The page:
LATHAM, N.Y. >> The main ballroom inside The Century House was filled with more than 200 stakeholders Friday morning for a multifamily market panel discussion.
Experts in real estate, commercial banking, and the regional and national economy answered timely questions about the state and fate of the real estate market for multifamily housing in the Capital Region.
The event, hosted by the Center for Economic Growth, Hugh Johnson Advisors, SEFCU, the Albany Business Review, and Sunrise Management & Consulting, also released the results of the 2018 Sunrise Management & Consulting Multifamily Rental Market Report.
Although the report surveys data from seven states in the Northeast, the Capital Region panel focused on data and implications for Albany, Schenectady, Rensselaer and Saratoga counties. Sunrise has completed the survey annually since 2001 and is available for download on the company’s website, www.sunrisemc.com.
Experts said the Capital Region picture remains strong in 2018.
“We’re still seeing high valuations on multifamily units,” said Jennings.
Experts also noted how the Capital Region rental vacancy rate is low compared to 7.0% nationally in quarter 1 of 2018 (U.S. Census Bureau). “Regardless of what is going on nationally, the vacancy rate in the Capital Region has generally stayed between 4 and 6 percent,” said Jennings.
Rental housing in particular continues to respond to economic development with the utilization of more executive apartments in the area of Global Foundries in Malta, Kennedy pointed out, and an influx of renters in Rensselaer County — particularly Troy — as video game companies have grown and Regeneron has expanded to three facilities and 2,500 employees by the end of this year.
“Companies need low-cost or affordable housing to attract and keep talent, and we still have that,” Kennedy said.
While affordable rental rates are good for renters, suppressed rates of increase are not a good sign for the rental housing market, they said. The 2018 report shows that the rate of increase in rental rates has slowed considerably in these Capital Region counties, after peaking at different times in the past three years.
• Albany County dropped to .9% after a rally last year of 4.7% and has declined overall from 6.2% in 2015.
• Saratoga County continued to slow to 1.5% after a sharp drop-off from 10.6% in 2015.
• Rensselaer County slid to 1.9% from a high of 3.0% in 2016.
• Schenectady County is still holding fairly strong at 3.7%, peaking only last year at 6.9%.
The survey reflects market rate communities with no income or age restrictions and does not include student housing. The Capital Region data is from 175 properties representing 32,661 units.
“The data indicates that the market is getting saturated,” Holland said. “Everyone wants to know if the time to build more apartments is over, or if the economy is going to take off.”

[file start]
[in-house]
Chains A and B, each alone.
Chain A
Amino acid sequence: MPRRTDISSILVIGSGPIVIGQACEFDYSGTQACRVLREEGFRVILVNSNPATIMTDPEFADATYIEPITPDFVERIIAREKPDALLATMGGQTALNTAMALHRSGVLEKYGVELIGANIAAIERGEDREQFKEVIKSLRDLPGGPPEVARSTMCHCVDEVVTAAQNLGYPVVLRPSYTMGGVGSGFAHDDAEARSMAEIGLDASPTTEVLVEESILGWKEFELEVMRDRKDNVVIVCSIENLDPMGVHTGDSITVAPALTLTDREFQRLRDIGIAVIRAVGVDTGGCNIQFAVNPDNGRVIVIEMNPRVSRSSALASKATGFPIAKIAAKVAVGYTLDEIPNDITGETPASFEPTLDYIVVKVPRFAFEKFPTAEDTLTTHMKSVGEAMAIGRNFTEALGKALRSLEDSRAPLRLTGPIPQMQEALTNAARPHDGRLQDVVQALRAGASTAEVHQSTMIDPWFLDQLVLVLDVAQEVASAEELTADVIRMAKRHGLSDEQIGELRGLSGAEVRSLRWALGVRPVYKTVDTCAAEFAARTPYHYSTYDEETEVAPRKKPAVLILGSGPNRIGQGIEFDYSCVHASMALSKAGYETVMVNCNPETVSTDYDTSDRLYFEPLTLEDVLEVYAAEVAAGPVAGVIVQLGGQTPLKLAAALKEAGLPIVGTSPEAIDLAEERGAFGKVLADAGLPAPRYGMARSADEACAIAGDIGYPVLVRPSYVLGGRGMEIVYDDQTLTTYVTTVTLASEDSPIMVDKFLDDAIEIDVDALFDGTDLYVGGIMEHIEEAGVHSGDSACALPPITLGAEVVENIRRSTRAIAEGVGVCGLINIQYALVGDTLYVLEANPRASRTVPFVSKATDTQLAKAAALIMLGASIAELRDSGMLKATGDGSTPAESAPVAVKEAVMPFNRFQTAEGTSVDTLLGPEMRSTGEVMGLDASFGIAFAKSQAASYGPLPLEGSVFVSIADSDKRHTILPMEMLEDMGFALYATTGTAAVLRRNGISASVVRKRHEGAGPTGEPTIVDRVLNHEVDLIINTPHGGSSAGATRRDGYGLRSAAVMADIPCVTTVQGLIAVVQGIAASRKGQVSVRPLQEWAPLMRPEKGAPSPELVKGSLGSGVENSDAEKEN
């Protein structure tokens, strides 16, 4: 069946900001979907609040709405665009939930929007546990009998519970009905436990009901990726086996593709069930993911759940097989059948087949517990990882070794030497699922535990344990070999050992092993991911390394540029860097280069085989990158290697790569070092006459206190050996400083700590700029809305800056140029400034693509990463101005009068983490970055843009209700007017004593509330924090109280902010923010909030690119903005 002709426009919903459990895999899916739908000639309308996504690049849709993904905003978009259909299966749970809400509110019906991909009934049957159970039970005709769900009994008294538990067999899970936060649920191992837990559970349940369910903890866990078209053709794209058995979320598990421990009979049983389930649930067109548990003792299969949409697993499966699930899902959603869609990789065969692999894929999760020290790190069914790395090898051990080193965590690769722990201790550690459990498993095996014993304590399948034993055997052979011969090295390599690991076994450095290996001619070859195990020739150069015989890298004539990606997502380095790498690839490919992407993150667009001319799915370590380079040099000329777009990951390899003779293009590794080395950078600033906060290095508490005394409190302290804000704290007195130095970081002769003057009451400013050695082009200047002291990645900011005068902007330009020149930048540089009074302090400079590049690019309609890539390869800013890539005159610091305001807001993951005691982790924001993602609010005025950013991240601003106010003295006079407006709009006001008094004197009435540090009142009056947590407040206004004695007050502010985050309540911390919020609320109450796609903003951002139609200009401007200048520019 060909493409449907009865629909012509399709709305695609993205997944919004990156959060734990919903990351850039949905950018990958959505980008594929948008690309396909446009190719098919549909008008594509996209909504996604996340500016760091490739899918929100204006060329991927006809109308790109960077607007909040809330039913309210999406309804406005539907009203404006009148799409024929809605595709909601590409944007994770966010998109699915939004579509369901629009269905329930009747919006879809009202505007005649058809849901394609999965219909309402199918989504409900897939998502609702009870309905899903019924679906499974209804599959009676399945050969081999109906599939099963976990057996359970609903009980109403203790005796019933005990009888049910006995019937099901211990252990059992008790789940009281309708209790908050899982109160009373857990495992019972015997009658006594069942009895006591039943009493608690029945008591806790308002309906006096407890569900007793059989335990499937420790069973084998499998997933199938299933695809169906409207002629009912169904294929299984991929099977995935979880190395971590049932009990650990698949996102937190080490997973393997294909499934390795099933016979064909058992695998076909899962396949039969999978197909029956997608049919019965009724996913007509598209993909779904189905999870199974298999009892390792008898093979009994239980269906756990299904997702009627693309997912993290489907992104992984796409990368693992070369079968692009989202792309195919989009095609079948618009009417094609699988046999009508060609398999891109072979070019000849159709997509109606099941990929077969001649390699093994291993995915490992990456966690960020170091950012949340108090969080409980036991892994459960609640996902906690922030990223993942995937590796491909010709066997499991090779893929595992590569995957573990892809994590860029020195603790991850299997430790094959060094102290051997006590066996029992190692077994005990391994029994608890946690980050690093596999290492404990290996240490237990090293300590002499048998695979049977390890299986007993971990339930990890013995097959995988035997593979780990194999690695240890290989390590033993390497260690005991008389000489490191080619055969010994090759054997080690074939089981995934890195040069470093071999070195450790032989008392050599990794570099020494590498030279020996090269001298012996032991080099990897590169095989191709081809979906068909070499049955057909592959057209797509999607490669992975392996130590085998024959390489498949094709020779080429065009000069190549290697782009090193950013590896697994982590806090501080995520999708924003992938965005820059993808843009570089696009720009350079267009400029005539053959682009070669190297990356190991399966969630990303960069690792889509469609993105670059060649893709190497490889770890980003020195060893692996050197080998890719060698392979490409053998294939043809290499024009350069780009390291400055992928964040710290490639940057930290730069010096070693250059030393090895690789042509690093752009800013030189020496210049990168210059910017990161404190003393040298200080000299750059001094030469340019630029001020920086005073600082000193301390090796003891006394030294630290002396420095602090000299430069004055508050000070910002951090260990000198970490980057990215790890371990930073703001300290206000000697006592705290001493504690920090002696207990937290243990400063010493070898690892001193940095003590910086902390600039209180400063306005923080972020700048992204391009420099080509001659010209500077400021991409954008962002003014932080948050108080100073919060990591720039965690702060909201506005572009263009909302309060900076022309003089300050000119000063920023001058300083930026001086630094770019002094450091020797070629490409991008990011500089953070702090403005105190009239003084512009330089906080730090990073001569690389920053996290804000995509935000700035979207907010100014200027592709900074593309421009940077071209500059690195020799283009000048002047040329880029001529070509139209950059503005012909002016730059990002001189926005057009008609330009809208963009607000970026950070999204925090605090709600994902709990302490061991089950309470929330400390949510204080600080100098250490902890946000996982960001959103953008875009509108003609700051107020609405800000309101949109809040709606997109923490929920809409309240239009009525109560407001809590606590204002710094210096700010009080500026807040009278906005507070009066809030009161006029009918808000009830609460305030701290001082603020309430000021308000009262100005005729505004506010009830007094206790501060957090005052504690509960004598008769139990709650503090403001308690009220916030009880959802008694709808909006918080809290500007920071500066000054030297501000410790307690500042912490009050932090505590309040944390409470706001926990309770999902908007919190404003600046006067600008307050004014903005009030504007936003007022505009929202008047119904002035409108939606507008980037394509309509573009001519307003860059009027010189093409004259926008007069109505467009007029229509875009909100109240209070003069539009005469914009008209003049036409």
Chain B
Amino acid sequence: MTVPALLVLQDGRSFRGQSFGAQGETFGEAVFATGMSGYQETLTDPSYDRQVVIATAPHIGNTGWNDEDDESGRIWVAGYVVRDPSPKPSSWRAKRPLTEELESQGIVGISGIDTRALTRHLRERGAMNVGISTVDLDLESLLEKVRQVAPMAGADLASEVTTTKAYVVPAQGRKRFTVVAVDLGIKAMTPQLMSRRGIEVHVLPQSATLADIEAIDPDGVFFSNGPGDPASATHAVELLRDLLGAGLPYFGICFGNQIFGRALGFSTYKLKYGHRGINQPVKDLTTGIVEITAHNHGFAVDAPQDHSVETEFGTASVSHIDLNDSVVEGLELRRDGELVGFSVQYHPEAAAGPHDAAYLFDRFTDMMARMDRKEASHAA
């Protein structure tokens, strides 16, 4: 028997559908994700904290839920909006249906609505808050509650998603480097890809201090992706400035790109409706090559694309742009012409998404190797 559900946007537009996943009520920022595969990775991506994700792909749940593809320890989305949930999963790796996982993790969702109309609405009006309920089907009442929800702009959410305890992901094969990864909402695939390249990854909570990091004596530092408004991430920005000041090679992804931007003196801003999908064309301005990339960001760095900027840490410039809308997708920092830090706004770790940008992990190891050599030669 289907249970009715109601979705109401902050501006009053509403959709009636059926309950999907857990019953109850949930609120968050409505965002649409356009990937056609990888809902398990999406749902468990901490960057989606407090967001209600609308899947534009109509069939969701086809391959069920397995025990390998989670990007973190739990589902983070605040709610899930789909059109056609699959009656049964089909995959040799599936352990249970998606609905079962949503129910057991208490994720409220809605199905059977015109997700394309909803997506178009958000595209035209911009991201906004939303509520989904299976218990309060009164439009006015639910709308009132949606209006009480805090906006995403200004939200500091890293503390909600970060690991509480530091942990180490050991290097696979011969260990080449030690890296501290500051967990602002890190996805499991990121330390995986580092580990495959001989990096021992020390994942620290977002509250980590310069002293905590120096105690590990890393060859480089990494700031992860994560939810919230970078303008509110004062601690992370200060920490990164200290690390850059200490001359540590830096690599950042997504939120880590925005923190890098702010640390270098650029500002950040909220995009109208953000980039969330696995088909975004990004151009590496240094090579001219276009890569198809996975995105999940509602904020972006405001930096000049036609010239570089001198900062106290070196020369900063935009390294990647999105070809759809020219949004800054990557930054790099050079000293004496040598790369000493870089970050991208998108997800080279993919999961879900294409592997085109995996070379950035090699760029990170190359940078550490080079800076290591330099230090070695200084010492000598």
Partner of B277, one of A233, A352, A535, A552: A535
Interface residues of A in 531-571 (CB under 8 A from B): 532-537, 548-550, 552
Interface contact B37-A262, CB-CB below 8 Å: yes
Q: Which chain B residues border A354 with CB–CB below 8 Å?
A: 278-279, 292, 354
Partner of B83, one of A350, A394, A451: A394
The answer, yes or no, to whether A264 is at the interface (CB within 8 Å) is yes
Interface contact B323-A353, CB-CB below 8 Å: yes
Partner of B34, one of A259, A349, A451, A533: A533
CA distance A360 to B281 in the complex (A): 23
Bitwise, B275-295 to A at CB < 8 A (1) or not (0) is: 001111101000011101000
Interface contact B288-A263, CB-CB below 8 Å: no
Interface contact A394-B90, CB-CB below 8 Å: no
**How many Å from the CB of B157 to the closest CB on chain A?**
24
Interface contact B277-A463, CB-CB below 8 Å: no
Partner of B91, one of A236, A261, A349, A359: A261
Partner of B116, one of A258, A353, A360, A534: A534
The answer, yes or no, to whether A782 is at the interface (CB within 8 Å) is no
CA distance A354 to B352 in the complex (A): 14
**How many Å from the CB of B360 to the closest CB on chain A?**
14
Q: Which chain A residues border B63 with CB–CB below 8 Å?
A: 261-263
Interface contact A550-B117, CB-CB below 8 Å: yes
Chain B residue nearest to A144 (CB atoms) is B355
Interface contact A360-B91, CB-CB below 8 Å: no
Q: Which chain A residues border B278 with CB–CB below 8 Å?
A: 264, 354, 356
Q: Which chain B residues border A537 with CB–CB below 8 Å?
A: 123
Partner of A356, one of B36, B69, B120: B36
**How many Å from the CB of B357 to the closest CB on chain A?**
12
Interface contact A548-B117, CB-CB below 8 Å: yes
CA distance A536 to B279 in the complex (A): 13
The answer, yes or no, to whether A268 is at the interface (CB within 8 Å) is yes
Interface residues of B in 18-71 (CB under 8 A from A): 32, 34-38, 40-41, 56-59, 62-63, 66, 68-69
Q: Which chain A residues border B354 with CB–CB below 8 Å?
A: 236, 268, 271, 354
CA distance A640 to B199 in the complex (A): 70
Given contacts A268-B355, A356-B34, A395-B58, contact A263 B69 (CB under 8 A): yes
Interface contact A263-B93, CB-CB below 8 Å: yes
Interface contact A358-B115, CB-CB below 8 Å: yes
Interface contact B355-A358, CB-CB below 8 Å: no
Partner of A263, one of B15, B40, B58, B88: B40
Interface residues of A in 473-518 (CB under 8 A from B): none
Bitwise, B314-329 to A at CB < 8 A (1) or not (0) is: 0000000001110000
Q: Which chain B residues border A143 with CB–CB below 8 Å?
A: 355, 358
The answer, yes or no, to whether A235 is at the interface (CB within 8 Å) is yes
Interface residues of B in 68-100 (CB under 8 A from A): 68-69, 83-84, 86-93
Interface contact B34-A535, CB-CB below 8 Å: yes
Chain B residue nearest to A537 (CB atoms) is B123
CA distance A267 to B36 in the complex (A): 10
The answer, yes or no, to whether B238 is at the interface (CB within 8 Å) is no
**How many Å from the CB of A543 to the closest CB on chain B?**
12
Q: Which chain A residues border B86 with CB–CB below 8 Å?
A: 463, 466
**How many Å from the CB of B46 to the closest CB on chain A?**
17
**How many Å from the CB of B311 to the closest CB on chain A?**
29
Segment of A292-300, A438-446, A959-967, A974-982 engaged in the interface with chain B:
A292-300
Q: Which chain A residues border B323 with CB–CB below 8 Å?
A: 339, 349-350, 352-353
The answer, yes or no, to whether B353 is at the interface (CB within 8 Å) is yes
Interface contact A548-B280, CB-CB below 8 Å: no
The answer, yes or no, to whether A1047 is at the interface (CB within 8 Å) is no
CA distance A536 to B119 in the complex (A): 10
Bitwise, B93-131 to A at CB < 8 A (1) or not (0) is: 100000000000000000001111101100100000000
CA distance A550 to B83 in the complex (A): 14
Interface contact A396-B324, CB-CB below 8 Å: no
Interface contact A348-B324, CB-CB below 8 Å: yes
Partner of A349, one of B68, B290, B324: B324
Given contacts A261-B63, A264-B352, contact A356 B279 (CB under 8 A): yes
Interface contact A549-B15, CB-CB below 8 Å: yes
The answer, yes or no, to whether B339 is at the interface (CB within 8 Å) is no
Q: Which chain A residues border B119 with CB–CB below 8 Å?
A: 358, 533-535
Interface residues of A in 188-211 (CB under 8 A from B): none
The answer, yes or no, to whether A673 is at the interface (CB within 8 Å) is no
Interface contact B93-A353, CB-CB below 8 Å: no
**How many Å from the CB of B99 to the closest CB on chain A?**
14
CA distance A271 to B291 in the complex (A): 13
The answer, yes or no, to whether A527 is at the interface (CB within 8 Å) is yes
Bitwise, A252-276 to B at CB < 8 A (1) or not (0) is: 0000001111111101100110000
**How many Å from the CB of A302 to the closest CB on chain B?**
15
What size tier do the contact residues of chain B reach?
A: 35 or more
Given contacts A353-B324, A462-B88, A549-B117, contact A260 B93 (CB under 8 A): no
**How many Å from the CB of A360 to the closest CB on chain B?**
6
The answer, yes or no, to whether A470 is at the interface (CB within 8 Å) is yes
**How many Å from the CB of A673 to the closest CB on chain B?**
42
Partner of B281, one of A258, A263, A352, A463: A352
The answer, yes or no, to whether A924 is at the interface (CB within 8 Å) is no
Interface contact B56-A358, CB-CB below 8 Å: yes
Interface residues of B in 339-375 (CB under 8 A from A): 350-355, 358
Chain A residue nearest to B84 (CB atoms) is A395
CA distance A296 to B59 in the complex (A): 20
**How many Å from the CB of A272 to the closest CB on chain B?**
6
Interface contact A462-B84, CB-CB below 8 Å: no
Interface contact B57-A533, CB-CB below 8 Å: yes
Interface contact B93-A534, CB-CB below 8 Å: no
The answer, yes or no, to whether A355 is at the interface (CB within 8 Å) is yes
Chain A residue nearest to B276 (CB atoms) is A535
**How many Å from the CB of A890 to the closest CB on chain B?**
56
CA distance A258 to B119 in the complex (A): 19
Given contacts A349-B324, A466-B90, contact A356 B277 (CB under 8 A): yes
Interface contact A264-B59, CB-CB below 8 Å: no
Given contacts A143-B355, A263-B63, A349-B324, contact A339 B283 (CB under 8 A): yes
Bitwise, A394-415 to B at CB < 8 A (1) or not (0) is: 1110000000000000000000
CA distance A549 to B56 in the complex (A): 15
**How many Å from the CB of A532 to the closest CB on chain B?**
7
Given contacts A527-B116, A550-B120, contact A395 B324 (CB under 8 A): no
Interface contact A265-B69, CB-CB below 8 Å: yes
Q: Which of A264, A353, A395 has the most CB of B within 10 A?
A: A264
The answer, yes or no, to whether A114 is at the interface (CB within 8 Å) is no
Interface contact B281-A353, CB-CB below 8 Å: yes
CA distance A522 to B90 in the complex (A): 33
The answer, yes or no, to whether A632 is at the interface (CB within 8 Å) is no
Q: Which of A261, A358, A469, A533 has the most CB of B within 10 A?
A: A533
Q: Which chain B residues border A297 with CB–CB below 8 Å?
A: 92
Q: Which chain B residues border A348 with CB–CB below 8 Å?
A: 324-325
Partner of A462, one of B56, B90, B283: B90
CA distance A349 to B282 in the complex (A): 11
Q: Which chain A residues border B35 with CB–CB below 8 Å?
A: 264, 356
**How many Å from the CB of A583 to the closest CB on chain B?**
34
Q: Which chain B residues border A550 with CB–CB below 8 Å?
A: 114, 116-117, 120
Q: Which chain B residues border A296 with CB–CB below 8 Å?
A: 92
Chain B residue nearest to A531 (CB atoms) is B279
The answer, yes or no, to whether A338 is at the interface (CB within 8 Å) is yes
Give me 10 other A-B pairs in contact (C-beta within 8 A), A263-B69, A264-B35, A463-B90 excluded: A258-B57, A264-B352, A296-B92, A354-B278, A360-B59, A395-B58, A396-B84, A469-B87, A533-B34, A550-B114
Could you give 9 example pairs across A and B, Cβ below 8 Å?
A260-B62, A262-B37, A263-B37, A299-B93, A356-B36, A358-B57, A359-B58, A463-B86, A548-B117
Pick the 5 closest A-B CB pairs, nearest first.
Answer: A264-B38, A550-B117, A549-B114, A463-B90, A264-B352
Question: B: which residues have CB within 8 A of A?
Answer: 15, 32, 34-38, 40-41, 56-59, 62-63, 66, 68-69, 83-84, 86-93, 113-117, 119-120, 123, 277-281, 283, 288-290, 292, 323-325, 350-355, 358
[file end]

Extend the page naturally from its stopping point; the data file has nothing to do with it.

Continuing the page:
Johnson said he has studied the state and national economy and shared his forecast.
“Although we will continue to see growth in 2018, driven largely by tax cuts, we are approaching the end of a very long bull market,” he said. “My work shows that we will peak out in late 2019. New home sales are going to start to decline in 2019, and the growth rates of all variables — new and existing home sales, including building permits, a leading indicator of the national economy — are going to come down pretty sharply in 2020.”
Meanwhile, experts said that interest rates will continue to rise. “My educated guess is that they will get to the level at which any good news of corporate profits will be outweighed by the bad news of higher interest rates,” Johnson said.
“The incongruence is, when interest rates get too high for first-time homebuyers to get into a house, they rent,” Jennings added.
With the Capital Region rental market getting more crowded, Kennedy said that the mix of amenities is even more important to appeal to the unique desires of different age groups.
“Millennials want the live/work/play lifestyle which is achieved by living in cities near where they work. We’re lucky that we have a lot of urban revitalization, such as with the mill in Cohoes, and The [former] Record building in Troy. Older generations are selling their houses to move into luxury apartments,” explained Kennedy.
Johnson is forecasting that, by peaking in late 2019 and with most bear markets lasting only about 14 months, the nation will endure a recession into 2021.
“But a lot of it depends on the federal reserve and tax policy, and on what happens with Congress,” said Johnson.
At the end of the program, Holland presented an $1,804 check to the Homeless and Travelers Aid Society, which Jennings then announced that SEFCU would double the amount of the check from Sunrise Management & Consulting.